On The Front Lines
Broken Justice: U.S. Supreme Court Refuses to Address Racial Bias & Systemic Injustice That Contributed to Hispanic Inmate’s Death Sentence
WASHINGTON, D.C. — The U.S. Supreme Court has refused to review the case of a Hispanic man who was sentenced to death—and subsequently subjected to eight years of solitary confinement for up to 22 hours a day, which is tantamount to physical torture—based on an expert witness’ racist testimony suggesting that Hispanics pose a greater danger to society than other individuals. The Rutherford Institute had asked the Supreme Court to address the many failings of America’s capital punishment system, epitomized by the case of Victor Hugo Saldaño (Saldaño v. Davis), whose death sentence and lengthy solitary confinement in Texas were allegedly the result of racial bias, mental incompetence and systemic injustice.
Affiliate attorney Christopher Moriarty assisted in advancing the arguments in Saldaño.
“Chronic injustice has turned the American dream into a nightmare,” said constitutional attorney John W. Whitehead, president of The Rutherford Institute and author of Battlefield America: The War on the American People. “At every step along the way, whether it’s encounters with the police, dealings with prosecutors, hearings in court before judges and juries, jail terms in one of the nation’s many prisons, or death sentences handed out without any attempt at impartiality, the system is riddled with corruption, abuse and an appalling disregard for the rights of the citizenry.”
Victor Saldaño, a citizen of Argentina, was charged in Texas with shooting a man in the course of a robbery. After Saldaño was convicted of murder, a separate court proceeding was held to determine whether the death penalty should be imposed. During the penalty phase of the trial, the state presented the testimony of a psychologist who told the jury that Hispanics and blacks pose a greater danger to the public and so posed the kind of future danger that justified imposing the death penalty. On the basis of that racist testimony, the jury sentenced Saldaño to death. He subsequently appealed, asserting that the psychologist’s testimony violated his constitutional right not to be sentenced on the basis of his race.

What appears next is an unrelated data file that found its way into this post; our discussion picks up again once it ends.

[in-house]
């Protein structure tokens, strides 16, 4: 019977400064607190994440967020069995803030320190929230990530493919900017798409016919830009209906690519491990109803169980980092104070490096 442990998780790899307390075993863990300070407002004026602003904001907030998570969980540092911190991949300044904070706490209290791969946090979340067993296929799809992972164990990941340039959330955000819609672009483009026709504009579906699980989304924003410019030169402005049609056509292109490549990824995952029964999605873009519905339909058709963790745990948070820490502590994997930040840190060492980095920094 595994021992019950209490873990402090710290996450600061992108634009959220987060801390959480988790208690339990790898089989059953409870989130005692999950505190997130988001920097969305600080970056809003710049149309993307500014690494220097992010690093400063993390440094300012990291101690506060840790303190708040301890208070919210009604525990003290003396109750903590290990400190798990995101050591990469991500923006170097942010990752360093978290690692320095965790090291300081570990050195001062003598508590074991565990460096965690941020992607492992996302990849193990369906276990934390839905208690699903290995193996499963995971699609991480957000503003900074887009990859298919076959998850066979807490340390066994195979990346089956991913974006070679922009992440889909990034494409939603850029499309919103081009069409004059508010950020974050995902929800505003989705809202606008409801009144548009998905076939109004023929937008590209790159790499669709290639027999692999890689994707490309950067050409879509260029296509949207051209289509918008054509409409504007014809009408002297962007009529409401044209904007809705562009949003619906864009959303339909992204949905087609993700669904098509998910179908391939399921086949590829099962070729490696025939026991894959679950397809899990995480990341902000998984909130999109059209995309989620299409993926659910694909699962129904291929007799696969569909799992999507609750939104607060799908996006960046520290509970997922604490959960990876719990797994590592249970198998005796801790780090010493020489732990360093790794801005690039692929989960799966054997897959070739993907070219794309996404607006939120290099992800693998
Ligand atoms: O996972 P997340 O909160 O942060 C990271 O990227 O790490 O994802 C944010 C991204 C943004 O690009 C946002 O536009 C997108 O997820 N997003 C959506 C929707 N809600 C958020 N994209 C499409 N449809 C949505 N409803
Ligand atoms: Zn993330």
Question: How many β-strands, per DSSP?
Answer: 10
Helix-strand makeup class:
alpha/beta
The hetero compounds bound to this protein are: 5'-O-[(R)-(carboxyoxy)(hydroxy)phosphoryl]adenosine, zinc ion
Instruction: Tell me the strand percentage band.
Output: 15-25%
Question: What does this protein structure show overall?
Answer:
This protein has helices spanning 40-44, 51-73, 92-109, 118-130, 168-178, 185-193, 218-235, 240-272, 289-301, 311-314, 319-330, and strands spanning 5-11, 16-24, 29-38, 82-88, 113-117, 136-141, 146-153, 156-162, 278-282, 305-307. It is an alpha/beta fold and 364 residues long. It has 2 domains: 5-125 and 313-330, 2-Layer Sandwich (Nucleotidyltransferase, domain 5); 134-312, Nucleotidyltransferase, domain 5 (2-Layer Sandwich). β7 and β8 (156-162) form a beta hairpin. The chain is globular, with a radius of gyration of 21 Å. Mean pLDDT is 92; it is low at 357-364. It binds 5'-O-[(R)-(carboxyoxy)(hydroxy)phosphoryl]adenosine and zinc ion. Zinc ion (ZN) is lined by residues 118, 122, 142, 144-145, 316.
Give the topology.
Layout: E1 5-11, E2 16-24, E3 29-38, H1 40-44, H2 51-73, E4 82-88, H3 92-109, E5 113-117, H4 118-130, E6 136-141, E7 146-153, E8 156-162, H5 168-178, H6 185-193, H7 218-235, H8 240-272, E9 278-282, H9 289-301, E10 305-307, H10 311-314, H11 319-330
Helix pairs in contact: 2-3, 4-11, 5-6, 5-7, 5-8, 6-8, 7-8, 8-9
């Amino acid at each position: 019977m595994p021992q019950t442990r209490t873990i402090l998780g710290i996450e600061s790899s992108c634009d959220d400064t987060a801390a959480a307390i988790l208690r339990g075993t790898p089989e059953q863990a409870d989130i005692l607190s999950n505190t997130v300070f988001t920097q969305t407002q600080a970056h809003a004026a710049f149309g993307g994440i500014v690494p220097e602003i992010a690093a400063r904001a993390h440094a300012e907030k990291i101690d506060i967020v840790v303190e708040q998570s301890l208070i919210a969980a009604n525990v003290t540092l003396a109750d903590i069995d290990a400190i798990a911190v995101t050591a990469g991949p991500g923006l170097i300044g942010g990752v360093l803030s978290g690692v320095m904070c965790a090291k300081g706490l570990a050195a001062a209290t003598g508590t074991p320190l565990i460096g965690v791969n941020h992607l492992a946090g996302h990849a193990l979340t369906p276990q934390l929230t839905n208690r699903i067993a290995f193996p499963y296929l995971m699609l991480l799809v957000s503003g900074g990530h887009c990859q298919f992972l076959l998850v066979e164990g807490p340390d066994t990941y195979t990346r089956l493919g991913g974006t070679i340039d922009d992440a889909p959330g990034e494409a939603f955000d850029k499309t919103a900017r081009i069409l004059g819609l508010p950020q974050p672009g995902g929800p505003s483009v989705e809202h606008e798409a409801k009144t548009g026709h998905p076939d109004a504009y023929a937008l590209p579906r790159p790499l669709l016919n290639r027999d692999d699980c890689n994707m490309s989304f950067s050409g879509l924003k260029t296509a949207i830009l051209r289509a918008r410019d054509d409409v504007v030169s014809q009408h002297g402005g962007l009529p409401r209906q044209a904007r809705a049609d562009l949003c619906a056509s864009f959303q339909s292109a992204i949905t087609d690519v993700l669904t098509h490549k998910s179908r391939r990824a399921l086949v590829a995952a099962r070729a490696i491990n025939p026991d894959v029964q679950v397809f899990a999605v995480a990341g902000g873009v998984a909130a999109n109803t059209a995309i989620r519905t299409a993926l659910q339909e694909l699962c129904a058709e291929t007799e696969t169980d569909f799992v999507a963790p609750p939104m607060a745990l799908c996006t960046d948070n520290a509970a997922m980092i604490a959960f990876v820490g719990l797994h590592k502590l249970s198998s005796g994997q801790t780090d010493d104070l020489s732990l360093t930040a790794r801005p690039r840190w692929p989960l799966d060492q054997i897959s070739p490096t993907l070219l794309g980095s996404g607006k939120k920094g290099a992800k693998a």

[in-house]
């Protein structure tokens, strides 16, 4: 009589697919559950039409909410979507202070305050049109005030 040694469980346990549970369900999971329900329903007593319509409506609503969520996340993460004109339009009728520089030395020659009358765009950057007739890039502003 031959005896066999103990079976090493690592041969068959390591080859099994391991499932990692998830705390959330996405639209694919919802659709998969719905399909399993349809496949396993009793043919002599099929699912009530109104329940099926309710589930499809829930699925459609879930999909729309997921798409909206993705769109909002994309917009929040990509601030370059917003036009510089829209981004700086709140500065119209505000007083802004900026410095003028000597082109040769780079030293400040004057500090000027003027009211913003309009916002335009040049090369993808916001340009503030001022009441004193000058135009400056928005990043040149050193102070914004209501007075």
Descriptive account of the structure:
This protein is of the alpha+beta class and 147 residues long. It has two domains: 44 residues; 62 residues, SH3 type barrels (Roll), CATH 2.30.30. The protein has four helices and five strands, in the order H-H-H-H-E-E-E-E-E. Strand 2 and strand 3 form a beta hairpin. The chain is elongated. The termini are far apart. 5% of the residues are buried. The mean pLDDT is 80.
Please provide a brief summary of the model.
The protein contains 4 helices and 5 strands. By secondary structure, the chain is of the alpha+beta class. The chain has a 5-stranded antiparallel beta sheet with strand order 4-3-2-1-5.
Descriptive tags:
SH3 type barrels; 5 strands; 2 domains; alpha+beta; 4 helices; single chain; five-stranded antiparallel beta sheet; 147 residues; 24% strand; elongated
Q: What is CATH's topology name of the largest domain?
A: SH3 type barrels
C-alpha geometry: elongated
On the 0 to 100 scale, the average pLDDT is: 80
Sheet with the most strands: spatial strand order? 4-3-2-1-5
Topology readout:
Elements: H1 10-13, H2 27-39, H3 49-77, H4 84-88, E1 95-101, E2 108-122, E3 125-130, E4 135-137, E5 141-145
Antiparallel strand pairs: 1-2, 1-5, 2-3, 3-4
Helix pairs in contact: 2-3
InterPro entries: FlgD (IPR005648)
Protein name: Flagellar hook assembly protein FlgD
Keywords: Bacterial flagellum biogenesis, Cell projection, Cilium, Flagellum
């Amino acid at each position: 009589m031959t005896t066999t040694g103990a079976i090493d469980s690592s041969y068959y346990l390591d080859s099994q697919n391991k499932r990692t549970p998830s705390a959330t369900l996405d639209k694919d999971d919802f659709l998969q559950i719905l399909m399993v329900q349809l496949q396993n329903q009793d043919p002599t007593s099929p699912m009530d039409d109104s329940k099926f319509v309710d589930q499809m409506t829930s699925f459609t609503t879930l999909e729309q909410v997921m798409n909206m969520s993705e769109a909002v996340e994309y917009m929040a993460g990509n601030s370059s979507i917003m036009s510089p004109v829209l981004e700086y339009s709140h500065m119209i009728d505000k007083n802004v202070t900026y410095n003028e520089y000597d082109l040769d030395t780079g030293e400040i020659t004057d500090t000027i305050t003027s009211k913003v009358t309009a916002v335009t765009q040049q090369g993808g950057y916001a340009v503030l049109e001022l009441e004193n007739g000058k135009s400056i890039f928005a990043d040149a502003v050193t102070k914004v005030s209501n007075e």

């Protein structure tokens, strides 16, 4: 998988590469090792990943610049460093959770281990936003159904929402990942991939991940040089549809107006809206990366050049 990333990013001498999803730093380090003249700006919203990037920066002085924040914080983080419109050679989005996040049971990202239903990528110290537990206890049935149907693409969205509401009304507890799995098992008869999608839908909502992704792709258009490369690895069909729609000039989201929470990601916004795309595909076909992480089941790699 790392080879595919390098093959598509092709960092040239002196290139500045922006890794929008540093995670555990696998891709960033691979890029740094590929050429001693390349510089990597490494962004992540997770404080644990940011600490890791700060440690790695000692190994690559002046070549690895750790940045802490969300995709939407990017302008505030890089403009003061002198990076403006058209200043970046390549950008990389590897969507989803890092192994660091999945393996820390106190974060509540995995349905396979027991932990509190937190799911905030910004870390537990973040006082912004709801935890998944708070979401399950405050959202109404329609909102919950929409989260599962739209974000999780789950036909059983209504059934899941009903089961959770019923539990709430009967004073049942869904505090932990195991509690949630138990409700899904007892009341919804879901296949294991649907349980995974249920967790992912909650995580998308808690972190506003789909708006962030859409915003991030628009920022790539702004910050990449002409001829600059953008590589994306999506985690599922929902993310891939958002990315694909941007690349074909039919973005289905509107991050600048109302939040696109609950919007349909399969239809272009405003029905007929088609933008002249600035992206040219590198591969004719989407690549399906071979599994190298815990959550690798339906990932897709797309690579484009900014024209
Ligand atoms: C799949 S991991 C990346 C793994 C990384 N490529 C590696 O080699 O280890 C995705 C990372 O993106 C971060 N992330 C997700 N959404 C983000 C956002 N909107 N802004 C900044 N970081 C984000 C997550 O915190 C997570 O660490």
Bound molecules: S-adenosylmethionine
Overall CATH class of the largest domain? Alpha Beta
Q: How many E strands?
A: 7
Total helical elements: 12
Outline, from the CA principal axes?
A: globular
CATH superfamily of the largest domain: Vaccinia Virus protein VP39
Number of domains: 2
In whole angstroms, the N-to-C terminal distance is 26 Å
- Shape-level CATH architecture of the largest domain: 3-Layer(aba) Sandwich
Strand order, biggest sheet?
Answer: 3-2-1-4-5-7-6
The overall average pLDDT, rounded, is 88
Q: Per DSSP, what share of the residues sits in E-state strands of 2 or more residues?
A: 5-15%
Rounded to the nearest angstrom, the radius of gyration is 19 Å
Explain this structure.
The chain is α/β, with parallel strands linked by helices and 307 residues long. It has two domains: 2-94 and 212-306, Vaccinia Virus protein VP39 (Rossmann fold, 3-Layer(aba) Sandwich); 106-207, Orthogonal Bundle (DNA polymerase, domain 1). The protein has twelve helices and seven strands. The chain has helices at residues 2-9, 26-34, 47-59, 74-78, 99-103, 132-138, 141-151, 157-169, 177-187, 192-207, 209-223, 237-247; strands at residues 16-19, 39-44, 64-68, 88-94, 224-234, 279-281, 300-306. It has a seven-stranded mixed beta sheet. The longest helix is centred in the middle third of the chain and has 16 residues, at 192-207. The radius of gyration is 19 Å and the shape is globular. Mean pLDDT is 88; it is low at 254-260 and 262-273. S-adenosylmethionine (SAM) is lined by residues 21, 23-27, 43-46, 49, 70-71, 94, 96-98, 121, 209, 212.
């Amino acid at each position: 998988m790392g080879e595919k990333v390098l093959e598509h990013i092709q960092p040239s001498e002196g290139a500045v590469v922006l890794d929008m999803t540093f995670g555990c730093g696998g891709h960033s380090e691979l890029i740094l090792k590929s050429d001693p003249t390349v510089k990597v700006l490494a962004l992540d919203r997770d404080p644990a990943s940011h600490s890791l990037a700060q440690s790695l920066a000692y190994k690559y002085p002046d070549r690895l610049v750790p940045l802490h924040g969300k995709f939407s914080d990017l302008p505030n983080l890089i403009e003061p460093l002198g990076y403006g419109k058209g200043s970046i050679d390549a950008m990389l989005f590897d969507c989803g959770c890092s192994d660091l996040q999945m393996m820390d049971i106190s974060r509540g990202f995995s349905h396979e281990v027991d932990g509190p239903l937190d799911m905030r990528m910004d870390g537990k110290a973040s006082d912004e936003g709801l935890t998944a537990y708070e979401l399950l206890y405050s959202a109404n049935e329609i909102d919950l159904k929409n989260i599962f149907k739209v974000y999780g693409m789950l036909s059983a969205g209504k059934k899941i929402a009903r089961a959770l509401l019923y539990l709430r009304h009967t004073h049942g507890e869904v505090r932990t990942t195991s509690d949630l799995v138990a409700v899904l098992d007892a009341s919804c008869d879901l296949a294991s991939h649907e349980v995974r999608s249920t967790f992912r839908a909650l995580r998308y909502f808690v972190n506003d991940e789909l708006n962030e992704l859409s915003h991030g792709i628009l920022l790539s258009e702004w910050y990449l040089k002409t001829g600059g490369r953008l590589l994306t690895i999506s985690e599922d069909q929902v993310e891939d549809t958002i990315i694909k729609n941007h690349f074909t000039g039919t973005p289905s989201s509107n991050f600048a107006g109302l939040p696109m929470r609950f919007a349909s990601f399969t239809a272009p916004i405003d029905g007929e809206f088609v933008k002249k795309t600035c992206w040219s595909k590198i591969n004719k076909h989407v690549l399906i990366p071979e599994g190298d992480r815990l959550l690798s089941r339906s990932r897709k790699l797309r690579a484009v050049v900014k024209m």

Although the state defended the sentence for four years on appeal, it eventually admitted to the U.S. Supreme Court that the psychologist’s testimony was improper, and the case was remanded for a new sentencing hearing. However, the Texas courts were unwilling to accept the state’s admission of error, leaving the case to drag on. In the meantime, Saldaño was placed in solitary confinement in Texas’ notoriously severe death-row prison and remained there for nearly eight years until a federal court ordered that he be granted a resentencing hearing. By that time, Saldaño’s mental health had deteriorated so severely due to the conditions of his confinement that he had become mentally incapacitated and was incapable of defending himself. Despite his family’s request that he be moved into a federal psychiatric institution, Saldaño was again sentenced to death, largely due to his erratic behavior in the courtroom. On appeal, Saldaño’s attorneys argued that his extended stay in solitary confinement contributed to the mental deterioration that was the basis for his death sentence, thereby violating the Eighth Amendment’s prohibition on cruel and unusual punishment.
In its amicus brief asking the U.S. Supreme Court to vacate Saldaño’s death sentence, The Rutherford Institute expanded on the Eighth Amendment argument, detailing the dehumanizing effects of and psychological harm caused by solitary confinement and arguing that Saldaño should not be put to death because of a condition the state itself caused.